The Chinese government is awarding state funds for interest-free loans for the strategic buying of heavy rare earth oxides to stockpile because concerns that reserves are running low, a state-owned newspaper reported.
Jia Yinsong, head of the rare earth department at China's Ministry of Industry and Information Technology, said Beijing has identified 11 rare earth mining zones in order to carry out the stockpiling of the nation's rare earths.
China Securities Journal said current low rare earths prices had prompted the start of China's strategic buying and the resources could be used to address future rare earths resources shortfalls. The oxides under consideration for stockpiling include Terbium, dysprosium, europium, and yttrium.
In a statement Wednesday, Halifax, Nova Scotia-based Ucore Rare Metals said, "It is expected that rare earth producers Chalco, China Minmetal, and Baotou Steel Rare Earth are to receive interest free loans in conjunction with the creation of the stockpile."
Last year China announced its intentions to build a rare earths strategic reserve, but did not reveal when it would do so.
In a statement released Thursday, the U.S. Magnetic Materials Association (USMMA) said it viewed China's stockpiling announcement "as further confirmation of the need for a non-China dependent, domestic and allied nation rare earth supply chain.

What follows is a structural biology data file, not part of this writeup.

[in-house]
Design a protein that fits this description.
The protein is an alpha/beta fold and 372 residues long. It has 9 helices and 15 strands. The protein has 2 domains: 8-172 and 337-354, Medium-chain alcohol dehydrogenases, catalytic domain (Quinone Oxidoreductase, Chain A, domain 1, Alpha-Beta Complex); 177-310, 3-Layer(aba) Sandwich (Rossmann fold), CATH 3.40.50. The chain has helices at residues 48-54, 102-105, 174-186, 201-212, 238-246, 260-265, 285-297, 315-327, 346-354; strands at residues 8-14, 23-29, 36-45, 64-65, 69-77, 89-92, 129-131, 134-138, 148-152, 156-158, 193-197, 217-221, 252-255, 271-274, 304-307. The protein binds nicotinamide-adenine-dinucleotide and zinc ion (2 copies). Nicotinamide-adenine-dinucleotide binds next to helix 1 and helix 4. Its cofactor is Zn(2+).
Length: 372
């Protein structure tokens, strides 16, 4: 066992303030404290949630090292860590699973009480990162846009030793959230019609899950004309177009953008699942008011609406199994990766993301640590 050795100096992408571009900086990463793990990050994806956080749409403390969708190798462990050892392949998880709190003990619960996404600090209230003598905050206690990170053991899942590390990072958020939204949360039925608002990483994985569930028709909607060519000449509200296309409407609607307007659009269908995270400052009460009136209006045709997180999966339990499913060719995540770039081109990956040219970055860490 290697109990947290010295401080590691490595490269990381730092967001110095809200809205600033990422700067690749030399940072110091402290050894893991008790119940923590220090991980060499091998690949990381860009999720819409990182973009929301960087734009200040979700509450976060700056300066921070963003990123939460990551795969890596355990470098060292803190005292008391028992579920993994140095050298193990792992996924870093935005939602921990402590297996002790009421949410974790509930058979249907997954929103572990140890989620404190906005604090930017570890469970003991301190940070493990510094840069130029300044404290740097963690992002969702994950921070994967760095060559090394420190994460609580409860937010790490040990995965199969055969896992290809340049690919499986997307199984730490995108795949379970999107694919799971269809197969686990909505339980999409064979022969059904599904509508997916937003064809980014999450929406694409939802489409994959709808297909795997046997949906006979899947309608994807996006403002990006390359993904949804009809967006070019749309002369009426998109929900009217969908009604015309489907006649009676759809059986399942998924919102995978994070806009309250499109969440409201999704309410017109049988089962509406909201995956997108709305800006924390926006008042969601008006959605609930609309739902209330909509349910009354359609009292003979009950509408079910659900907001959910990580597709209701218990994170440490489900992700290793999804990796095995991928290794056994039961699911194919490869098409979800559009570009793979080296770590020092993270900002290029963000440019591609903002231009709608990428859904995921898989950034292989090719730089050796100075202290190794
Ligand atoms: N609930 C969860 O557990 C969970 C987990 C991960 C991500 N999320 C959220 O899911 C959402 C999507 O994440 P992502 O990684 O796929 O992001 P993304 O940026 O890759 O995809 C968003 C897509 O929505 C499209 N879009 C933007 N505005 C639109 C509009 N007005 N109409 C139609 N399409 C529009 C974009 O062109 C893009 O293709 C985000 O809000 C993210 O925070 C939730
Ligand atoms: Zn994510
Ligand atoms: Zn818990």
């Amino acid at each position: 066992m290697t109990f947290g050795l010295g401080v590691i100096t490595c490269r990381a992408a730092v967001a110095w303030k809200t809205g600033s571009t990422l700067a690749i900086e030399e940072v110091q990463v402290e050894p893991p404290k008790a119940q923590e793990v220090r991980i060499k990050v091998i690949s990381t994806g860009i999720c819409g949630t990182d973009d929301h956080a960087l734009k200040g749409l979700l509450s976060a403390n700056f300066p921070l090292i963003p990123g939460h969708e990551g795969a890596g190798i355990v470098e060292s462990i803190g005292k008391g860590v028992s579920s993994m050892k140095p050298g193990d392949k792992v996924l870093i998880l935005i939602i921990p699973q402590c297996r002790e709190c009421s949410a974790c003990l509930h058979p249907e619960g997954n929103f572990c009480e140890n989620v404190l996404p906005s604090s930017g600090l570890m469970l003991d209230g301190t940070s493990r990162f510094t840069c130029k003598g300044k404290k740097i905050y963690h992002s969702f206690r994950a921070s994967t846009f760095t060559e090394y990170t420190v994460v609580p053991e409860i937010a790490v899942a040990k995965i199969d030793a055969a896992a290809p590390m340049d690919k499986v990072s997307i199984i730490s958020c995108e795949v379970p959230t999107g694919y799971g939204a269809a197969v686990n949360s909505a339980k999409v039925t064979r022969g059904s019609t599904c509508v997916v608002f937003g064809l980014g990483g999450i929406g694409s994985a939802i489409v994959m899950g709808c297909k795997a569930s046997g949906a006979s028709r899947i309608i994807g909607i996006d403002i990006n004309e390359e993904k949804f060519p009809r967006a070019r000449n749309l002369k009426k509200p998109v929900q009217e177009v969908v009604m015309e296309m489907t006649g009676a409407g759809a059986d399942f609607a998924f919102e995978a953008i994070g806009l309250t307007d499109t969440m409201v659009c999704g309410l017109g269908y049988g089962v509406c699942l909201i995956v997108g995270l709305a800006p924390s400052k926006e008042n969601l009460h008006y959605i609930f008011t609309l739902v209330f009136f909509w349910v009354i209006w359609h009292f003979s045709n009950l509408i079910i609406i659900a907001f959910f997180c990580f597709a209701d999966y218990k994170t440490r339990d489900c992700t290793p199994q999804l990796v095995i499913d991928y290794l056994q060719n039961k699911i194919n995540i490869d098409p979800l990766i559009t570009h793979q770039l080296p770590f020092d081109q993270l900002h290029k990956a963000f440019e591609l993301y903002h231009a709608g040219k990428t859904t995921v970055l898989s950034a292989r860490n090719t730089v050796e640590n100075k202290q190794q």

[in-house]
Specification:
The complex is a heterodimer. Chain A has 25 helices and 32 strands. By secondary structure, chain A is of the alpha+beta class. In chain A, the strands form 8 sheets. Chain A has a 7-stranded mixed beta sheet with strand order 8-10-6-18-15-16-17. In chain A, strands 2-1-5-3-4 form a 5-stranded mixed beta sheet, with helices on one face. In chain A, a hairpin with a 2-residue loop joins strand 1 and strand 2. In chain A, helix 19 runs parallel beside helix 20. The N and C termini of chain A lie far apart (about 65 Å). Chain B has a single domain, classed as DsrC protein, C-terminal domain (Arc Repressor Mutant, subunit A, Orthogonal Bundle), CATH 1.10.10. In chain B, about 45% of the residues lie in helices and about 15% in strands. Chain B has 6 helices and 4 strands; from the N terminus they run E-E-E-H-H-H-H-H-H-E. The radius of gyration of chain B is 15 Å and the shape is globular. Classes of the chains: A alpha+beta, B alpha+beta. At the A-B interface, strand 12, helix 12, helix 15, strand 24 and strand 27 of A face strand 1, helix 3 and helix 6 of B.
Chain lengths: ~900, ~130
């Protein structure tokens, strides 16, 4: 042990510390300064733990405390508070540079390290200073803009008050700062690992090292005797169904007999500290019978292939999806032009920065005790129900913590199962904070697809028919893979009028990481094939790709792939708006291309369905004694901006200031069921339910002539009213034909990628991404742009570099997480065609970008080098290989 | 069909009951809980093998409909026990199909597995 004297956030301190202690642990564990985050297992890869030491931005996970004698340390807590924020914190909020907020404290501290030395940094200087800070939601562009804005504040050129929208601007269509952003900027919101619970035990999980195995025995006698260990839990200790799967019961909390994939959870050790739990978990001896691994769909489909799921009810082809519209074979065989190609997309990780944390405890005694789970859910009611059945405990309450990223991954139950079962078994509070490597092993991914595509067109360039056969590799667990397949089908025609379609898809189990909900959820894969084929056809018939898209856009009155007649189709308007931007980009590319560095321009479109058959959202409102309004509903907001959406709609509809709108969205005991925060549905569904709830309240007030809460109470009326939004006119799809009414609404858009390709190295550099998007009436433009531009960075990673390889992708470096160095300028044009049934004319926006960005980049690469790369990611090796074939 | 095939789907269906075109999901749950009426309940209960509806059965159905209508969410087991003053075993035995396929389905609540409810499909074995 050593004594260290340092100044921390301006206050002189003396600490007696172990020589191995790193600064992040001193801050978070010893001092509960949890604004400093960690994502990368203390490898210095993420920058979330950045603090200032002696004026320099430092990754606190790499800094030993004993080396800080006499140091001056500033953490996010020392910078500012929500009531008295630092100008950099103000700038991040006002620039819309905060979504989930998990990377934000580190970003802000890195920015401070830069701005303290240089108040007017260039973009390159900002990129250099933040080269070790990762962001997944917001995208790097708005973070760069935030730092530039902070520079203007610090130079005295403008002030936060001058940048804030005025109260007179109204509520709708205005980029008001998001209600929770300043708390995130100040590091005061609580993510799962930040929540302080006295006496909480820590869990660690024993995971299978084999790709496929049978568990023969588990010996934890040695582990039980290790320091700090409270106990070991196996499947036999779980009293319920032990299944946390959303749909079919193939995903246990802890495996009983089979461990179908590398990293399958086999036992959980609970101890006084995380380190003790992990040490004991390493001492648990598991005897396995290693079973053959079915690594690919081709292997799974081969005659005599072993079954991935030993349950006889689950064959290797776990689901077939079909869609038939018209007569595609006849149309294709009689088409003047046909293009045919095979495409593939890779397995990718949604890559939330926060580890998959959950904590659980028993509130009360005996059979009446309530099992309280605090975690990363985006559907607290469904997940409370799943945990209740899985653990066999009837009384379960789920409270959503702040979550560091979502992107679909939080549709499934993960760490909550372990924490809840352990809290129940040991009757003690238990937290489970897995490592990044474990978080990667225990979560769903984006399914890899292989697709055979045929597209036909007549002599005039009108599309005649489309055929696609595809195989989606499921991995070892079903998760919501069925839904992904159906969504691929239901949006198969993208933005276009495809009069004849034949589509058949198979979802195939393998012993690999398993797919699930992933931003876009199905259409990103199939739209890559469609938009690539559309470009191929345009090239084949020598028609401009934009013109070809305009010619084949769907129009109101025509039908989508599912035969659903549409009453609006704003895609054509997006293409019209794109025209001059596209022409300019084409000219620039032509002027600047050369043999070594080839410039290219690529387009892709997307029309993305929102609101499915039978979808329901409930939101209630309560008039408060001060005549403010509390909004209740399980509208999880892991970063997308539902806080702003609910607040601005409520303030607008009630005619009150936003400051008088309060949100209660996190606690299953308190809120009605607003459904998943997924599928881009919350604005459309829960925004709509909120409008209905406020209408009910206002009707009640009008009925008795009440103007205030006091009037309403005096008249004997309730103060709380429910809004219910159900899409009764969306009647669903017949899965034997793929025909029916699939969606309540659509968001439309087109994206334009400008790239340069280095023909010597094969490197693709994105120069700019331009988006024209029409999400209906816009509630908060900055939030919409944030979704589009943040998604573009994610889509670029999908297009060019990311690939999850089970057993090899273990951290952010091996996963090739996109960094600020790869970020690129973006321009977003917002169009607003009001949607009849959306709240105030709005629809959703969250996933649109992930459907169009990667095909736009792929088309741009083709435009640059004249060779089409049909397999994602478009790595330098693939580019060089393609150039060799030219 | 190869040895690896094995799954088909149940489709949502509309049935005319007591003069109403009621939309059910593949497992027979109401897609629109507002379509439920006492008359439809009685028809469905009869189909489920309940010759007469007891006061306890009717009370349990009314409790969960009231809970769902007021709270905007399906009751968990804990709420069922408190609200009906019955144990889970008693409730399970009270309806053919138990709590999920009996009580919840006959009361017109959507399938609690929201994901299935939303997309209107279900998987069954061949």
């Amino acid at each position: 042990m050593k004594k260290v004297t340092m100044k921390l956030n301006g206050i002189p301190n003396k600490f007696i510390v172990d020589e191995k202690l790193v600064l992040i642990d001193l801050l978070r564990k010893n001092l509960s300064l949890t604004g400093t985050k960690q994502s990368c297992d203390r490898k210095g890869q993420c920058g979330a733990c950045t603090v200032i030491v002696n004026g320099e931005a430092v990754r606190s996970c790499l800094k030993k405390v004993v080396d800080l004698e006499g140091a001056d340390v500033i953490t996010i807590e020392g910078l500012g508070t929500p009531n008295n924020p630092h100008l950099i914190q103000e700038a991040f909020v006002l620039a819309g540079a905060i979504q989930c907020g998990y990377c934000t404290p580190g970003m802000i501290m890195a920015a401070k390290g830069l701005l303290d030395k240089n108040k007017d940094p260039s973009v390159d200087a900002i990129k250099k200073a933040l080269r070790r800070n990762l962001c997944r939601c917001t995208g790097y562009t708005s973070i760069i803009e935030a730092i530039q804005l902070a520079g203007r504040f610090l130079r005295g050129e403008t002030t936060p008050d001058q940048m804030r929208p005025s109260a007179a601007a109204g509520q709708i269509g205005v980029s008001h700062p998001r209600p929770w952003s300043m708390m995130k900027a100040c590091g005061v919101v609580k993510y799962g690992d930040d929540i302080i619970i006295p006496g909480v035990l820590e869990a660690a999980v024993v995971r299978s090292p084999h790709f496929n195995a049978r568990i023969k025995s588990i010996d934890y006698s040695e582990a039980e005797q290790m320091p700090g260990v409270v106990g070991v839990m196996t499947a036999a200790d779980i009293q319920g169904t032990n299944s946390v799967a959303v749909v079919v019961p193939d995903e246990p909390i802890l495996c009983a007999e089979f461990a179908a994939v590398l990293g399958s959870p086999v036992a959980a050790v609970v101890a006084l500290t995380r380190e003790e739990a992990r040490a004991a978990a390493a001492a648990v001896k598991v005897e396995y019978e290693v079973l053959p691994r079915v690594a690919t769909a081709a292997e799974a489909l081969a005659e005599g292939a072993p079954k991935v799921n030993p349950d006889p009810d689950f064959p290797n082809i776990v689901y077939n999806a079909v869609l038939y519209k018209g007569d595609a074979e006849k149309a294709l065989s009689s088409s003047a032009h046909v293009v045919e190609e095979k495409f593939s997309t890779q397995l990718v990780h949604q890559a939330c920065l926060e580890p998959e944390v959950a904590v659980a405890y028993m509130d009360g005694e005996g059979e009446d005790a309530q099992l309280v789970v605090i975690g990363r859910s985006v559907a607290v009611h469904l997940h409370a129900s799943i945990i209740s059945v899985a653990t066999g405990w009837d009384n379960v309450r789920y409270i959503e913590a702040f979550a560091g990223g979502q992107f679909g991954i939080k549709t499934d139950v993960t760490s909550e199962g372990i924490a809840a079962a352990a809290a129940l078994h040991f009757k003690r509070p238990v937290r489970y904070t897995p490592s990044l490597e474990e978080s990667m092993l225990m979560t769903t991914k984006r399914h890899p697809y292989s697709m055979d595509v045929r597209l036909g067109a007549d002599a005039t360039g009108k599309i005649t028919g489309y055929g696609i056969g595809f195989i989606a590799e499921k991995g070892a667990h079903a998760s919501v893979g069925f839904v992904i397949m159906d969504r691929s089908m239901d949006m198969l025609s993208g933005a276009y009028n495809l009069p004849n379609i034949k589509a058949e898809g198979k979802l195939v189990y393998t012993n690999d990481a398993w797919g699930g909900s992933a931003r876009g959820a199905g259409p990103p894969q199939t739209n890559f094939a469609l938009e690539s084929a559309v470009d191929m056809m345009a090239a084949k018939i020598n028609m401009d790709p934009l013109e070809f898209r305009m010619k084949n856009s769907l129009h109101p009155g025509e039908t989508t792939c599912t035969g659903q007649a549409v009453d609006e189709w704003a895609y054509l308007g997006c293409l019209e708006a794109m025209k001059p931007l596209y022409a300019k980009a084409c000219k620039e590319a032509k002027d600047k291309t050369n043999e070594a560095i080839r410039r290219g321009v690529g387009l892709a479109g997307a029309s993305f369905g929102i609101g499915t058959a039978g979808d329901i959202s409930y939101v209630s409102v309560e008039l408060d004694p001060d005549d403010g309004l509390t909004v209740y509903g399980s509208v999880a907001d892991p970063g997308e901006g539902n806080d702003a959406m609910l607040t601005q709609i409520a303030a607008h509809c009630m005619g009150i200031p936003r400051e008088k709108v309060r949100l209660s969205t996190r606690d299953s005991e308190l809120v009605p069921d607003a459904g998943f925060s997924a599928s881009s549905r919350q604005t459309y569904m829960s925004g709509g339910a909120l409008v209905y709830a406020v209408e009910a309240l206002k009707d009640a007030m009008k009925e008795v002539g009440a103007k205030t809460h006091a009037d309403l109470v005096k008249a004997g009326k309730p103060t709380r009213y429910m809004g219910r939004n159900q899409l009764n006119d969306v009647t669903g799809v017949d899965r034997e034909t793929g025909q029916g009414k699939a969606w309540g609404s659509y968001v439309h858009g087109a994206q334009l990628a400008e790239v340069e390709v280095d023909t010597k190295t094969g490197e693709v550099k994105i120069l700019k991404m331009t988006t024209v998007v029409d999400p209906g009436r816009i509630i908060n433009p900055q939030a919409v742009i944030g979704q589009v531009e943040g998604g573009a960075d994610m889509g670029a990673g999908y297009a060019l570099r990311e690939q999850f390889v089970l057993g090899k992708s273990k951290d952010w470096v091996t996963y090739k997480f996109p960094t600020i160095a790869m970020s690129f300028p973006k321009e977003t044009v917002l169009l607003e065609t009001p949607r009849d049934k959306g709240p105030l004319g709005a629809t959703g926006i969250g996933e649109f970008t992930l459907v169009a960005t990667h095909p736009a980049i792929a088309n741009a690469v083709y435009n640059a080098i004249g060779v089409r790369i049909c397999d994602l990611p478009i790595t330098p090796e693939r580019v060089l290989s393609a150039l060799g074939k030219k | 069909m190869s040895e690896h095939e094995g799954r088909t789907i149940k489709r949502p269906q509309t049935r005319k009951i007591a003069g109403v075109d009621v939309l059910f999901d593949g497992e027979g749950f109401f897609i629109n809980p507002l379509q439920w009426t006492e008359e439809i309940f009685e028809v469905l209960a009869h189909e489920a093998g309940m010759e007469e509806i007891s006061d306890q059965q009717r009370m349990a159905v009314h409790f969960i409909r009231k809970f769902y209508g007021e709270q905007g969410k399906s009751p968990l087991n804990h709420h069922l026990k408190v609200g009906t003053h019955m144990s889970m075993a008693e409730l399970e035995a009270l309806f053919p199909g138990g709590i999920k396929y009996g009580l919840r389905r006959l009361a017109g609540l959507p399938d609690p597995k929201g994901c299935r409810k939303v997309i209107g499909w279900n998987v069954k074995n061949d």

"China's prospective stockpile of some of the most critically threatened strategic metals to the US is a watershed event that will likely accelerate the development of domestic initiative to protect the supply of these materials," said Jim McKenzie, Ucore CEO.
On June 27, U.S. Trade Representative Ron Kirk announced the U.S. had asked for the establishment of a World Trade Organization dispute settlement panel to decide the U.S. claims regarding "China's unfair export restraints on rare earths, tungsten and molybdenum." The European Union and Japan joined in the U.S. request for the WTO panel.
In March, the EU, U.S. and Japan asked the WTO to examine China's restriction of exports on rare earths, asserting Beijing is using quotas and caps to limit REE exports to benefit China's domestic industries.